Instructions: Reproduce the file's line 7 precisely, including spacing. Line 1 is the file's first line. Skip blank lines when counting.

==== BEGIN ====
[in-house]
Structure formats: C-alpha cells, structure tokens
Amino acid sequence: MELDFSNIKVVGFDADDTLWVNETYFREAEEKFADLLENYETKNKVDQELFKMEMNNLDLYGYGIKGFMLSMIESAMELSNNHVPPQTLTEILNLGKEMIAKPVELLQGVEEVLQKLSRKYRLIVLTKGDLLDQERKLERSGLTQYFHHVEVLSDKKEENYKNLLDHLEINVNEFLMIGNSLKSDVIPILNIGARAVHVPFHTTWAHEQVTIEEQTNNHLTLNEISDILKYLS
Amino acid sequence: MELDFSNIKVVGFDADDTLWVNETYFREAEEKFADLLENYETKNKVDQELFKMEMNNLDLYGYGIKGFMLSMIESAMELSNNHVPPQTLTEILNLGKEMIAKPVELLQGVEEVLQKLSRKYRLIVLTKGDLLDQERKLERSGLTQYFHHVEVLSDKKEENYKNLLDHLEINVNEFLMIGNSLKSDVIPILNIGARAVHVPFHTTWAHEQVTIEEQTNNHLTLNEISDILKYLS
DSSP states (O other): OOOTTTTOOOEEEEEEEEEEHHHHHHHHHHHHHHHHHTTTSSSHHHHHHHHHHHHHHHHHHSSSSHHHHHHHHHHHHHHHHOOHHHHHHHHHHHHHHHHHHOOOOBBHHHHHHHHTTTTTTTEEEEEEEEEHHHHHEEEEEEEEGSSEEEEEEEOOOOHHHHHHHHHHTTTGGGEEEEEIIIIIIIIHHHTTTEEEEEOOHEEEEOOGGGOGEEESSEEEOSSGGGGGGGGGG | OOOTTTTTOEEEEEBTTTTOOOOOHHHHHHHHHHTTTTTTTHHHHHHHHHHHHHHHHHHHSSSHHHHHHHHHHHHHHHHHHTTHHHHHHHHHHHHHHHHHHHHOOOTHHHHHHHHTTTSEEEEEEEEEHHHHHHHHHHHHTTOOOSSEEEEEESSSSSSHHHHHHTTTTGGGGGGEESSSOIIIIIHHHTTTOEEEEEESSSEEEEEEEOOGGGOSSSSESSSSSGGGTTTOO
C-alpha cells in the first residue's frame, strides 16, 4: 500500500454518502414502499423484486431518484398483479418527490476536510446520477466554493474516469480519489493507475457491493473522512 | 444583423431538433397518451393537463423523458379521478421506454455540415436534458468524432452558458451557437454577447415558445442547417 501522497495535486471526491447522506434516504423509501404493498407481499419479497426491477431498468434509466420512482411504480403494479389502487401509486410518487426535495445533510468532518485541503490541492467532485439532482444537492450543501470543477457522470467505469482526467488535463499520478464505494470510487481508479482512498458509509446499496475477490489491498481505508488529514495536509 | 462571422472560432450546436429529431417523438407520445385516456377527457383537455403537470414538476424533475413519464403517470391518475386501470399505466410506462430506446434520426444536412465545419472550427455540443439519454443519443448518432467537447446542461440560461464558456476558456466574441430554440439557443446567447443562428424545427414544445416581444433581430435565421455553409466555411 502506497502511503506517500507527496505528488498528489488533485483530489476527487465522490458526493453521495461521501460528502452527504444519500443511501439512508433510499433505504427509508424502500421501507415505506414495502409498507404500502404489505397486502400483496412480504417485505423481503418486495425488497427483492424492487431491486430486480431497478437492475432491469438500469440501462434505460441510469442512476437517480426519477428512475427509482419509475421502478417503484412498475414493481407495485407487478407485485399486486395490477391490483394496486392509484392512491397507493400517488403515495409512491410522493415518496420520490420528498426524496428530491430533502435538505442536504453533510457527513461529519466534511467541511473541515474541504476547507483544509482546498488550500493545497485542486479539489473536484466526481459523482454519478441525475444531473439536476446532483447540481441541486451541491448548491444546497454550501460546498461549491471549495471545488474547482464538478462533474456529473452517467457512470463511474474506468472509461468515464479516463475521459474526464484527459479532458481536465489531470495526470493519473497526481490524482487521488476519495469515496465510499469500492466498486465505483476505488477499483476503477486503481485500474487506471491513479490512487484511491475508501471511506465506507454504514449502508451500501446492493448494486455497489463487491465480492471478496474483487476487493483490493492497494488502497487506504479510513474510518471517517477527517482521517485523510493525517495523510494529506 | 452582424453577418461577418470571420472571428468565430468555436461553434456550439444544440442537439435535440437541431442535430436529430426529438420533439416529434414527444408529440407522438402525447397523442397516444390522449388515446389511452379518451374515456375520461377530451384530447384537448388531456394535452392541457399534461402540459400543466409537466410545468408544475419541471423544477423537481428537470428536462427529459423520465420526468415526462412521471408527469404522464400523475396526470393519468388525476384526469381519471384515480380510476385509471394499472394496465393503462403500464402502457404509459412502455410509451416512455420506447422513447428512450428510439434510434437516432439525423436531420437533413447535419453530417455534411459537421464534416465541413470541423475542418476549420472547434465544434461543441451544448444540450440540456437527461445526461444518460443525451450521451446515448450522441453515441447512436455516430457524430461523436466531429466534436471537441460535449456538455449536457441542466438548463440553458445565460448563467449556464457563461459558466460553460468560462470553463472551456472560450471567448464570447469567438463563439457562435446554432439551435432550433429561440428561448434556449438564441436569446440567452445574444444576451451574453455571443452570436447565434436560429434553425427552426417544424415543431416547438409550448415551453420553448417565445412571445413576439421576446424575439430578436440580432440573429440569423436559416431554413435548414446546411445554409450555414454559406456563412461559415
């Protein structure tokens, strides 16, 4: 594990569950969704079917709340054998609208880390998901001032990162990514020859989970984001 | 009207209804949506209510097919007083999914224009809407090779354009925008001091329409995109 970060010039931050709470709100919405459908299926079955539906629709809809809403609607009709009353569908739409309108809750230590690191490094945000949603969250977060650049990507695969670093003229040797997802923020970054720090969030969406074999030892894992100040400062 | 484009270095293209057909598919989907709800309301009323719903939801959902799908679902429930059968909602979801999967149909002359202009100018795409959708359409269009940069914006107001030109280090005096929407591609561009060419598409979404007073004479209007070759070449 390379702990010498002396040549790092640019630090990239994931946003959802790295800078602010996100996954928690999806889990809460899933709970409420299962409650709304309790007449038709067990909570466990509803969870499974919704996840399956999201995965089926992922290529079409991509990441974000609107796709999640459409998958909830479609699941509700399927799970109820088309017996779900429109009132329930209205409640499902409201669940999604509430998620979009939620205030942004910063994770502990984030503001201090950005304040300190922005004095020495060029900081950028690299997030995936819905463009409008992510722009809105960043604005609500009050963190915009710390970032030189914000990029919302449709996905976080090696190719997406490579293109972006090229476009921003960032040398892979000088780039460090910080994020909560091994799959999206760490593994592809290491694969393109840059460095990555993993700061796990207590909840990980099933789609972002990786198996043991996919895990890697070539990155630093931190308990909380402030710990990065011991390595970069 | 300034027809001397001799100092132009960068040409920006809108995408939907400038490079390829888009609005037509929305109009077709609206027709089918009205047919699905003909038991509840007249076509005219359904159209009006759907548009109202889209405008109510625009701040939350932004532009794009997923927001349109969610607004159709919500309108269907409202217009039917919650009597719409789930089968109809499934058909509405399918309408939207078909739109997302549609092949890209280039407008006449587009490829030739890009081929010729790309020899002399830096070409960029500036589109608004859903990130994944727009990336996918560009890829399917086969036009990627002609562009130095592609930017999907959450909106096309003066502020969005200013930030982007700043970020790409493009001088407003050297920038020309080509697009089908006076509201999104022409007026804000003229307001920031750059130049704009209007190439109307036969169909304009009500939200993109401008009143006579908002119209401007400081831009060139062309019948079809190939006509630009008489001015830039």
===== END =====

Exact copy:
């Protein structure tokens, strides 16, 4: 594990569950969704079917709340054998609208880390998901001032990162990514020859989970984001 | 009207209804949506209510097919007083999914224009809407090779354009925008001091329409995109 970060010039931050709470709100919405459908299926079955539906629709809809809403609607009709009353569908739409309108809750230590690191490094945000949603969250977060650049990507695969670093003229040797997802923020970054720090969030969406074999030892894992100040400062 | 484009270095293209057909598919989907709800309301009323719903939801959902799908679902429930059968909602979801999967149909002359202009100018795409959708359409269009940069914006107001030109280090005096929407591609561009060419598409979404007073004479209007070759070449 390379702990010498002396040549790092640019630090990239994931946003959802790295800078602010996100996954928690999806889990809460899933709970409420299962409650709304309790007449038709067990909570466990509803969870499974919704996840399956999201995965089926992922290529079409991509990441974000609107796709999640459409998958909830479609699941509700399927799970109820088309017996779900429109009132329930209205409640499902409201669940999604509430998620979009939620205030942004910063994770502990984030503001201090950005304040300190922005004095020495060029900081950028690299997030995936819905463009409008992510722009809105960043604005609500009050963190915009710390970032030189914000990029919302449709996905976080090696190719997406490579293109972006090229476009921003960032040398892979000088780039460090910080994020909560091994799959999206760490593994592809290491694969393109840059460095990555993993700061796990207590909840990980099933789609972002990786198996043991996919895990890697070539990155630093931190308990909380402030710990990065011991390595970069 | 300034027809001397001799100092132009960068040409920006809108995408939907400038490079390829888009609005037509929305109009077709609206027709089918009205047919699905003909038991509840007249076509005219359904159209009006759907548009109202889209405008109510625009701040939350932004532009794009997923927001349109969610607004159709919500309108269907409202217009039917919650009597719409789930089968109809499934058909509405399918309408939207078909739109997302549609092949890209280039407008006449587009490829030739890009081929010729790309020899002399830096070409960029500036589109608004859903990130994944727009990336996918560009890829399917086969036009990627002609562009130095592609930017999907959450909106096309003066502020969005200013930030982007700043970020790409493009001088407003050297920038020309080509697009089908006076509201999104022409007026804000003229307001920031750059130049704009209007190439109307036969169909304009009500939200993109401008009143006579908002119209401007400081831009060139062309019948079809190939006509630009008489001015830039």